17 May 2011

Poland: Stocznia Gdańsk

cranes near our dock

The day is overcast; against the flat grey sky, the articulated skeletal limbs of cranes move slowly, as if numbed with cold. The weather suits the place, which on superficial inspection appears to be a great heaped junkyard—a grave of robot bones, vast warehouses filled with little more than dusty light and populated only by crumbling piles of plastic refuse, remnants of hoses like dead snakes on the floor, walls patched with fading posters of women with glossy open mouths. Layered traces of old grafitti emerge from the peeling shreds of newer ones. There is every shade of drab, from oxidized ferrous russet to mossy copper viridian to soot-stained lead. It is as if the clean outlines of a Charles Sheeler painting had been filled in with the raucous visual textures of Robert Rauschenberg. A pair of incongruous white swans glide as gracefully upon the dull green canal as if it were a pristine lake.

This is Stocznia Gdańsk, the historic shipyard built on a sluggish canal of the river Martwa Visla (the aptly named "dead Vistula") which empties into the Baltic Sea. To this day, perhaps precisely because its modern industry lives both on the surface of and in-between the undemolished relics of its former life, a ramshackle grandeur suffuses even the disused tram tracks burrowing into the chipped and sprouted cobblestones, and lends a sort of apocalyptic glamour to the rusting abandoned pipe systems that rear abruptly against the sky like mechanized robots from a 1950s science fiction film. Their great welded joins must once have safeguarded the passage of oil and gas through the labyrinth of pipes that fed the industrial beast of old. Now, many of them carry only echoing wind and history.

But on the rare sunny day, the working cranes can look almost festive against a surprisingly blue sky, as they come alive with explosive insectile creakings. A row of dwarfish metal blowers guards the front lines of a troop of of taller machines—a squat robot army with large blank heads standing sentry over their discarded former demesne. The machines have not won, after all; humans now occupy the day. Unusually, there seem to be as many women as men here, all clad in an Orwellian uniform of dull overalls, swarming purposefully over the hulks and shells of pleasure-boats in the making.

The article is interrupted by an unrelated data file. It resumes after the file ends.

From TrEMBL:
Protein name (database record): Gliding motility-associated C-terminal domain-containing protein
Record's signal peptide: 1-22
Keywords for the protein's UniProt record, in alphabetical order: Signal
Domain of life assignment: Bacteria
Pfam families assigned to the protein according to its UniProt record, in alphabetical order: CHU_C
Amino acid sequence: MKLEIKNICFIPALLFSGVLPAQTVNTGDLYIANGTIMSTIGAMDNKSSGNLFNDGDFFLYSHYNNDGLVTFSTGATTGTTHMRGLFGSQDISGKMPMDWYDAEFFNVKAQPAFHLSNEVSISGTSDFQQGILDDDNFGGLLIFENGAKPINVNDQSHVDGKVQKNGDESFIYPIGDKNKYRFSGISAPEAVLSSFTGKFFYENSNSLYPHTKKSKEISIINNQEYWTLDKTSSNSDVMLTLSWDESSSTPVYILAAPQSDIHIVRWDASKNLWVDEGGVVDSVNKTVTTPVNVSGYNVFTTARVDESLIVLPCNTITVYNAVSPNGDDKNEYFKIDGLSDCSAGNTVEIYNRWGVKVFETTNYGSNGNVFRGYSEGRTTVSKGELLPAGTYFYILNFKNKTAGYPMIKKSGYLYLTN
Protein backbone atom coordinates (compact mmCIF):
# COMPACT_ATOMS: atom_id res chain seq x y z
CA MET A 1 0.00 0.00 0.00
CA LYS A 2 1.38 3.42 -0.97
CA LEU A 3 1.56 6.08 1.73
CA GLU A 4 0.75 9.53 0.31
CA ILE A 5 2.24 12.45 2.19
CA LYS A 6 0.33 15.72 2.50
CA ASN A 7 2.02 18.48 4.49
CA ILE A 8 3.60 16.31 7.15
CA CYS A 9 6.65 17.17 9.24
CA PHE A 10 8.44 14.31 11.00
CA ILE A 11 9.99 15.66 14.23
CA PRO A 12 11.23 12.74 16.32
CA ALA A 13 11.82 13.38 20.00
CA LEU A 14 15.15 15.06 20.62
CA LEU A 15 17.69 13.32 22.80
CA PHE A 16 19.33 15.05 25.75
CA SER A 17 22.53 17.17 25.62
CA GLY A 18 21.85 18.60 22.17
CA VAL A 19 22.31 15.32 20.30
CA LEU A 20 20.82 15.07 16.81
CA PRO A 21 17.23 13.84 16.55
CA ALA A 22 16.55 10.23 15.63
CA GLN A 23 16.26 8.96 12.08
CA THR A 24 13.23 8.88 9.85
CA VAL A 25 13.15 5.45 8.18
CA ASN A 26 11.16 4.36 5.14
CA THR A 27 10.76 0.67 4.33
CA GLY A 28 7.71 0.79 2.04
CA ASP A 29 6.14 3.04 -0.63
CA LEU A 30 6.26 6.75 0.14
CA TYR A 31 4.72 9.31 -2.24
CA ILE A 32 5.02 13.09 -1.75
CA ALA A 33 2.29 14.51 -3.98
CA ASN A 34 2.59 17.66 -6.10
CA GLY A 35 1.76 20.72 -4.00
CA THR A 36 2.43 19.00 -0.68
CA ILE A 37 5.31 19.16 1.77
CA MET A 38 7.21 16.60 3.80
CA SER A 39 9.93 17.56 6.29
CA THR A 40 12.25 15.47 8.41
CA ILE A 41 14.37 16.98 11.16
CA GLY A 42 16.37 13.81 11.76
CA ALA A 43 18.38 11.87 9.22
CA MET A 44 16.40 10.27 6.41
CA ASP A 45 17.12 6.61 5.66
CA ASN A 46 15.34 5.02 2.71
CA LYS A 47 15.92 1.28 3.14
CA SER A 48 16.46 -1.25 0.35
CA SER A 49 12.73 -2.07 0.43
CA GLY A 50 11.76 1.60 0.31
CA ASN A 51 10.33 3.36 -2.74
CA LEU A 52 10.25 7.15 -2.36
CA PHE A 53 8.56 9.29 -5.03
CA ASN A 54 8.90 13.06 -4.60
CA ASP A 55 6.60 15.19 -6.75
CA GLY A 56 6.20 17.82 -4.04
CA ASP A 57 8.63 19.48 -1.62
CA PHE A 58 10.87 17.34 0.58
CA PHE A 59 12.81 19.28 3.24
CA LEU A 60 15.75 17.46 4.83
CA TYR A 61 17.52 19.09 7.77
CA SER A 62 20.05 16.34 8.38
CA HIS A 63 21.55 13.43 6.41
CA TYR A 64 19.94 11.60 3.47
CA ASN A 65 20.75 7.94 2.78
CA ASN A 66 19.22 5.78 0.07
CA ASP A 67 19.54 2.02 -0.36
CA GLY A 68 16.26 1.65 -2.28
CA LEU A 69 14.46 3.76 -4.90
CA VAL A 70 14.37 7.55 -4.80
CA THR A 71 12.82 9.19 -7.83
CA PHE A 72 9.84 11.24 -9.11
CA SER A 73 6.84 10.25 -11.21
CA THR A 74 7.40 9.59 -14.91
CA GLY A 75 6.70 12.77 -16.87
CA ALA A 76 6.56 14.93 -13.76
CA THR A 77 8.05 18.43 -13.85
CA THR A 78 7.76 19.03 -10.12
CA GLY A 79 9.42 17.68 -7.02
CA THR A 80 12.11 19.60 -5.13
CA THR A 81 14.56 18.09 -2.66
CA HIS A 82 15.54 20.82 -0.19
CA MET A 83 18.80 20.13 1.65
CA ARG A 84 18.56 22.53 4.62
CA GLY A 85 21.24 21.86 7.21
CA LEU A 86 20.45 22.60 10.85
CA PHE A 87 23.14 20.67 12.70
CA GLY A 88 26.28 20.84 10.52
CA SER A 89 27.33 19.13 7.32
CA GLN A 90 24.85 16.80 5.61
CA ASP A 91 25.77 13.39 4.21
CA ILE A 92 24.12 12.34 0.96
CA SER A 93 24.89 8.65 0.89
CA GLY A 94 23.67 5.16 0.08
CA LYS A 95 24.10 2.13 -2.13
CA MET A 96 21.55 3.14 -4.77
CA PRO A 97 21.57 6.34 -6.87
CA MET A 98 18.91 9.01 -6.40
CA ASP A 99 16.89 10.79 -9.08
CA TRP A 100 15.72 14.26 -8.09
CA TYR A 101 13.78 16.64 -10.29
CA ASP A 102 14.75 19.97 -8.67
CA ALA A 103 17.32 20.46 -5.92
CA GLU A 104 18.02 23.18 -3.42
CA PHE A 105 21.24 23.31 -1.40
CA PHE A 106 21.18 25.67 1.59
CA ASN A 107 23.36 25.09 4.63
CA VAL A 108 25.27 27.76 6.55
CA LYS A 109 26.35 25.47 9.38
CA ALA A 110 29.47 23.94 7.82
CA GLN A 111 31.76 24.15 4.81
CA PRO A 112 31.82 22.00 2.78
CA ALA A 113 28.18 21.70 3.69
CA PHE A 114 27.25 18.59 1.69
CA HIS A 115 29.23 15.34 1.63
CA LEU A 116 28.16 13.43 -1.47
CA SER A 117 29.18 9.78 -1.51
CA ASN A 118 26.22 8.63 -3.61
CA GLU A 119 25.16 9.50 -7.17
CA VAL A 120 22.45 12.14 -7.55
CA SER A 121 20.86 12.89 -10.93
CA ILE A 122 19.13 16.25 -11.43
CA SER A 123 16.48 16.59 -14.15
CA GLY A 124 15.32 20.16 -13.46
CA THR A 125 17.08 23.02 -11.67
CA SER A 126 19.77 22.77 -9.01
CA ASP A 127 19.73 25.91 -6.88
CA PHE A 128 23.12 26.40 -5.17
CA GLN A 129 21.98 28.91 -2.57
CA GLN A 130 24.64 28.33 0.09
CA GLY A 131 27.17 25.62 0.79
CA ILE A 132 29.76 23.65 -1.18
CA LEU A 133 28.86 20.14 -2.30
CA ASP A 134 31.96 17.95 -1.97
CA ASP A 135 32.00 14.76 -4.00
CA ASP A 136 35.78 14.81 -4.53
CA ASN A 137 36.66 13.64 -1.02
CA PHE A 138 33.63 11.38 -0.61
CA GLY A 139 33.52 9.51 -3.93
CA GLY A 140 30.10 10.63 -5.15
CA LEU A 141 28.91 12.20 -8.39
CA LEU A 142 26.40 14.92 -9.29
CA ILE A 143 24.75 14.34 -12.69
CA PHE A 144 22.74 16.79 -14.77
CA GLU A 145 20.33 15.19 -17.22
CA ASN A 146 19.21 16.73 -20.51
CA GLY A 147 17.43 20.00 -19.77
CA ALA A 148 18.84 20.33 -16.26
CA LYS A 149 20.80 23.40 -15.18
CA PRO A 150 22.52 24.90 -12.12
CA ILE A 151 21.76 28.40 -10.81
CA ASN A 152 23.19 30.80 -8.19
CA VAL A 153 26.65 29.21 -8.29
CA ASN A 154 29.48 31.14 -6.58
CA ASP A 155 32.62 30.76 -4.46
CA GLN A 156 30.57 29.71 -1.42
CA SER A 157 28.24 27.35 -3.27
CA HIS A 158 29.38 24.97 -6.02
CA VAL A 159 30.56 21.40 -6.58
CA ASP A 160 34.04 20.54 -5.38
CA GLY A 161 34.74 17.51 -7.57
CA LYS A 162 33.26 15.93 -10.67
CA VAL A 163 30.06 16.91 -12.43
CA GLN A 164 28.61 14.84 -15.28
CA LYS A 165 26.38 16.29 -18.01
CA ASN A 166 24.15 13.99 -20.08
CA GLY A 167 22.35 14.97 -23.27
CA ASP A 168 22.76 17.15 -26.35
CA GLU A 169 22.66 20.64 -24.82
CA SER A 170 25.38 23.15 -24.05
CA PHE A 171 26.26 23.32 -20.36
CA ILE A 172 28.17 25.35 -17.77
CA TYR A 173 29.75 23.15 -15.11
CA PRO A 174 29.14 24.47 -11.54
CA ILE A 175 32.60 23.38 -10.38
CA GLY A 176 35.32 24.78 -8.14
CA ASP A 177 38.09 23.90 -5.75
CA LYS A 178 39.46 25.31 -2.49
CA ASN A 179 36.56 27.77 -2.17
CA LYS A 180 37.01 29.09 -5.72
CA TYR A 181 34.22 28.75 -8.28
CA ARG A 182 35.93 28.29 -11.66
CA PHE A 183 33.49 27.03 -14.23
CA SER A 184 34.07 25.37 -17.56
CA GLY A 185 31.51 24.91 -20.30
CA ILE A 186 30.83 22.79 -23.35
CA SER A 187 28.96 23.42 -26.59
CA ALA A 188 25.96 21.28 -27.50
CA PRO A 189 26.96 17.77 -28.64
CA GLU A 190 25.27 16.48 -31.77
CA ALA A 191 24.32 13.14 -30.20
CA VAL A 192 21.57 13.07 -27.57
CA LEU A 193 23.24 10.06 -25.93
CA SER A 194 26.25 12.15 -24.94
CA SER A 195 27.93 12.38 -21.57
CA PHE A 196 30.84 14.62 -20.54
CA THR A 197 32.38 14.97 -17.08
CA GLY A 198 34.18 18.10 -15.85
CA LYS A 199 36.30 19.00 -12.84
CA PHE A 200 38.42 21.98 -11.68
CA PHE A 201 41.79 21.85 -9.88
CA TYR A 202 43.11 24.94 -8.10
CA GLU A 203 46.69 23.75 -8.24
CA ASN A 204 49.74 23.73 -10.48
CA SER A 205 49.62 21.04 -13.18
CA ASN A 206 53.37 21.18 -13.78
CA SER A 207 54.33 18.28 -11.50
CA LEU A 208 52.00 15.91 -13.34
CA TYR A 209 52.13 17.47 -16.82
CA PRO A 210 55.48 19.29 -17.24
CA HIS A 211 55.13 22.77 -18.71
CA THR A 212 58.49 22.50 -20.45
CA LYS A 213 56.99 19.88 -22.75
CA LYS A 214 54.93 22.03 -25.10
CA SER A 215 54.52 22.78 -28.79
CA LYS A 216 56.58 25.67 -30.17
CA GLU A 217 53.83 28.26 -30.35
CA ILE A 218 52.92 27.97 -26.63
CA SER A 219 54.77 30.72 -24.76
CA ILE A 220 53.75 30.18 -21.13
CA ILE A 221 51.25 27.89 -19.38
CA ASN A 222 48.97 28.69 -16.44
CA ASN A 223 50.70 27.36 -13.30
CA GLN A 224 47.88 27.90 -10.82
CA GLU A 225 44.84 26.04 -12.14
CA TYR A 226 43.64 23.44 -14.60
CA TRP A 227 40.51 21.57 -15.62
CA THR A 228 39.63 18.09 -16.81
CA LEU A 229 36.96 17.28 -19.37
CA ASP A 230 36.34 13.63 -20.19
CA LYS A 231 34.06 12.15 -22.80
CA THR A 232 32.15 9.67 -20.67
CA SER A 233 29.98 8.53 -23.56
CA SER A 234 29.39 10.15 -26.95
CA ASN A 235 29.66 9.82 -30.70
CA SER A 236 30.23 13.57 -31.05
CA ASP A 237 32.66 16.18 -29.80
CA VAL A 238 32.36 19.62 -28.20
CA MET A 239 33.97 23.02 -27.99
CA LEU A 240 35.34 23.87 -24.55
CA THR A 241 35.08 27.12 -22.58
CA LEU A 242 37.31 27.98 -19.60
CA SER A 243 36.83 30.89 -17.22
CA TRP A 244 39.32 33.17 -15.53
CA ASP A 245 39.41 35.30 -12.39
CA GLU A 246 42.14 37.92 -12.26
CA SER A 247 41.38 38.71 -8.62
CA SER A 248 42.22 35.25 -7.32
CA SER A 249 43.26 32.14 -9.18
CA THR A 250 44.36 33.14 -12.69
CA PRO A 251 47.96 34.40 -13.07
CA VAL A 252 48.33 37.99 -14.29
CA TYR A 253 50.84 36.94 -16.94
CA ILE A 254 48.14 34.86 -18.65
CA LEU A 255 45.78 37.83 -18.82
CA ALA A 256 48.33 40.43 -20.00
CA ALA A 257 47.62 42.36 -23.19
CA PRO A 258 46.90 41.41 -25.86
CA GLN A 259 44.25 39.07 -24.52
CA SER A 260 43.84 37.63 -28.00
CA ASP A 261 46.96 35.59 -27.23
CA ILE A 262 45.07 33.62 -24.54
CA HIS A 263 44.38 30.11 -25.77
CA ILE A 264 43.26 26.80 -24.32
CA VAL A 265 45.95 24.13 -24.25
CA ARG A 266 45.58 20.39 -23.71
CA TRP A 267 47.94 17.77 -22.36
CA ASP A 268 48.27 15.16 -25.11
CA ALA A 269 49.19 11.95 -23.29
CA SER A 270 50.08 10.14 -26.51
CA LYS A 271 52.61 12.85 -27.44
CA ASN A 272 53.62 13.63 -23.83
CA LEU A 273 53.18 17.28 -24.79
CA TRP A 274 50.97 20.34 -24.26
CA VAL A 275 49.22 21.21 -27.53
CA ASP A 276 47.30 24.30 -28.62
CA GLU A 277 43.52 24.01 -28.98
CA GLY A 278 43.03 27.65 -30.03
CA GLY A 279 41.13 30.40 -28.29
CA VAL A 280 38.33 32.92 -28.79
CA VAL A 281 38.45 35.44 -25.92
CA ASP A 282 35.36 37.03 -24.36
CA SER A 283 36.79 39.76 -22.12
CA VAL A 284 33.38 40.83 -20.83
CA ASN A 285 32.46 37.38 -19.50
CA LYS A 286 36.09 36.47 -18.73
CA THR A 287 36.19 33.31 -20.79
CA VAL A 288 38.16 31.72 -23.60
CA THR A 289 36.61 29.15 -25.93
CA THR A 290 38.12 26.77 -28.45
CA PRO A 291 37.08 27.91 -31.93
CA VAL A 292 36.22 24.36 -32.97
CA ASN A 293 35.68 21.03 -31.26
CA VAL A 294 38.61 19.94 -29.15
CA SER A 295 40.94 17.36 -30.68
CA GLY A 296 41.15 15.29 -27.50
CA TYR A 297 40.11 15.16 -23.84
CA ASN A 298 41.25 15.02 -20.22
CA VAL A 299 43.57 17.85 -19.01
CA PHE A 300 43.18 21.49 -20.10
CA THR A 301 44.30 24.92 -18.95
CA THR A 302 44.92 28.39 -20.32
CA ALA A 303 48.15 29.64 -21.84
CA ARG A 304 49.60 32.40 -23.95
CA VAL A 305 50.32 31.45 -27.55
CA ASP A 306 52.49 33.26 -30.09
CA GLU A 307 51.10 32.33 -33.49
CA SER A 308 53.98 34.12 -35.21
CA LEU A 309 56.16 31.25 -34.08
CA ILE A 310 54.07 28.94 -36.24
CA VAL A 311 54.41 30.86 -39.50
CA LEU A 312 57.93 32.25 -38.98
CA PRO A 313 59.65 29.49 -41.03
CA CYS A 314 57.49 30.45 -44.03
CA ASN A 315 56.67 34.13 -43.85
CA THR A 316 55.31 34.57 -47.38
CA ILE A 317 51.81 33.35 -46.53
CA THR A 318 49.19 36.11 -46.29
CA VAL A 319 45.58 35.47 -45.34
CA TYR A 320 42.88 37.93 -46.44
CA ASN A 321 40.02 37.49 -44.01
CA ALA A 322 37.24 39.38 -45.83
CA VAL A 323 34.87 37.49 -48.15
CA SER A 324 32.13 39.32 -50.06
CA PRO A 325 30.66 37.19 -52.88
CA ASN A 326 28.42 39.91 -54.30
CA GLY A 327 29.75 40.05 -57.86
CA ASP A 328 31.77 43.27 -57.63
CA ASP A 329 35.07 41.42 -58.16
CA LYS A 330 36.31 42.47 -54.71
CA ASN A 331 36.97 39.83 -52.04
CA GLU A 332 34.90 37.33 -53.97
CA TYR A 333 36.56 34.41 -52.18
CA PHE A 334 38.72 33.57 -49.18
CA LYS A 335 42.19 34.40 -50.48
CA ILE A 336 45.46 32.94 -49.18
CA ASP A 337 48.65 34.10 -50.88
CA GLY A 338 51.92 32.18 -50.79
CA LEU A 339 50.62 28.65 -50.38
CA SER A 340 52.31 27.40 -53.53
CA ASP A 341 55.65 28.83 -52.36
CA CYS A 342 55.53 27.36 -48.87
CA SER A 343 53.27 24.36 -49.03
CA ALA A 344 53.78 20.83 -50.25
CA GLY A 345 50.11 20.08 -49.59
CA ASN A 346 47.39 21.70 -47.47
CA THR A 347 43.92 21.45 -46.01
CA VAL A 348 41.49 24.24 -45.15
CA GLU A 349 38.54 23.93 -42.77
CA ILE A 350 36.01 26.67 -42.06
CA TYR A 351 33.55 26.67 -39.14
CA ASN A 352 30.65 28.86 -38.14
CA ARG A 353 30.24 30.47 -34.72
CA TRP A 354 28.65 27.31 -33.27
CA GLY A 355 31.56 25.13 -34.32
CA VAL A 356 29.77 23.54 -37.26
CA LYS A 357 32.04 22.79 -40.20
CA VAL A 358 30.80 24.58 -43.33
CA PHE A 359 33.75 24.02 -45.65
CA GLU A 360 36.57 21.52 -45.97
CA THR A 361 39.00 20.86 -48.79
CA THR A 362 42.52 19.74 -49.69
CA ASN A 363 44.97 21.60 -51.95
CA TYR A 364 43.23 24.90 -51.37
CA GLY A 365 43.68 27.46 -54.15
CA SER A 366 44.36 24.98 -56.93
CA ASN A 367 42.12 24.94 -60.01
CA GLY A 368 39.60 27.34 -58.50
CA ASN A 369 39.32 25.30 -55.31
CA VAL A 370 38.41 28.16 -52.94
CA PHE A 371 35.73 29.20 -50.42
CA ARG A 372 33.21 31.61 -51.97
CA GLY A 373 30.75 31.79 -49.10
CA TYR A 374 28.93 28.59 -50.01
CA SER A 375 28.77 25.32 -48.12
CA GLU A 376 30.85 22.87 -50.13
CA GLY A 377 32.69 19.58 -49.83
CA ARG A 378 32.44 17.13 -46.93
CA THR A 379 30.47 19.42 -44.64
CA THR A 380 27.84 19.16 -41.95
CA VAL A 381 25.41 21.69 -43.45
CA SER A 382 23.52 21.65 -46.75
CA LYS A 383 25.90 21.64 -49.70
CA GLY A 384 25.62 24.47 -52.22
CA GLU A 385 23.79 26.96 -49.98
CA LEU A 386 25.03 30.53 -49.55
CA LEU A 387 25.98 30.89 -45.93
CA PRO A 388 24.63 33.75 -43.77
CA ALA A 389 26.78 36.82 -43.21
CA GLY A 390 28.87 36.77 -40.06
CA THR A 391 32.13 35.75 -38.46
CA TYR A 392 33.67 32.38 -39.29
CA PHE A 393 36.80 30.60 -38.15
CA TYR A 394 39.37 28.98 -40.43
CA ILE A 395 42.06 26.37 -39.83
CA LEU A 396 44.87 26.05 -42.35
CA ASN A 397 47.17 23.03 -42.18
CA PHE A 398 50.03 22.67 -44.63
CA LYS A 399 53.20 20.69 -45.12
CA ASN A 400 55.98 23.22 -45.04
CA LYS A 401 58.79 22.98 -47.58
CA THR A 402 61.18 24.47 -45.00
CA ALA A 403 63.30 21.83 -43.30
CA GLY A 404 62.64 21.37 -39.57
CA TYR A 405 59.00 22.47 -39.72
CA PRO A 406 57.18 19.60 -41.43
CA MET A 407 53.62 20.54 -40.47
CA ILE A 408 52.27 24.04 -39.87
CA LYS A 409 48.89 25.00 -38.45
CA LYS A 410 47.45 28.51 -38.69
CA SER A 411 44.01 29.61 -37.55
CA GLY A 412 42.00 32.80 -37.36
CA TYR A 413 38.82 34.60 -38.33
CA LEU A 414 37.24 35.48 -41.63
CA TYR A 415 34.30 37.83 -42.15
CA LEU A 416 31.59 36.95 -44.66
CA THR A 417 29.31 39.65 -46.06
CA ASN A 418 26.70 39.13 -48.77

Walking in the shipyard, each step kicks up a small puff of storied dust that settles back into the ground or on the strewn debris, powdering them with a protective sprinkling of drab. And yet in shaded corners and on the ragged periphery, the trees—tender of leaf and sweet of bud—are reminders that this is Maytime. Cheerful weeds like the bright yellow dandelions—pisse-en-lit, as the French call them—push determinedly between cracks in the paving. They grow so lush that one morning, we arrive at the shipyard and see them being mown down. The air is faintly peppery with the smell of their dismemberment.

I like being here in the spring, imagining (probably inaccurately) that some of these walks take me through the very grounds where the thousands of workers of the Solidarność movement also walked; I like thinking that from here, the dominoes began to fall, and the oppressive former regimes of Eastern Europe began to crumble away—a giddy thought. It makes me think of the other side of the world, of the other spring of liberty awakening, albeit more painfully, in countries as isolated from hope as this one may once have been. So it all changes.

Omnia mutantur nos et mutamur in illis
. Everything changes, and we change with them. Here in Poland, with cold yellow clouds above me, surrounded by the sweet steely fumes of solvents and the urgent whispered conversations of shipwrights and electricians, our former Caribbean life shrinks into the distance. Yet it was only forty-seven days ago when the Captain and I were crouched over the laptop in our cabin, while our charter guests were off snorkeling the gentle blue waters nearby. A stray patch of sunshine fell across the computer screen. The email we were re-reading offered us a job on a new 70' catamaran chartering the Mediterranean in the summer months followed by a transatlantic voyage and the winter months chartering the Caribbean. We looked at each other one more time, a silent question, asking,  Are you sure? Are we sure? He nodded. A drop of sweat trickled down my arm as I moved the keyboard towards me. I typed out our answer and clicked the "Send" button with a smart nervous flourish.  

Yes, I had written, yes we will, yes.

old pipe systems

disused cranes in front of the office

a robot army
another view

1 comment:

  1. How exciting for you! I can't wait to read about your adventures in the Med and then to see you back in the Virgins!


about this blog

Occasional vignettes from the life of a charter chef who loves simply messing about on boats.

"I still think that one of the pleasantest of all emotions is to know that I, I with my brains and my hands, have nourished my beloved few, have concocted a stew or a story, a rarity or a plain dish, to sustain them truly against the hungers of the world."
MFK Fisher


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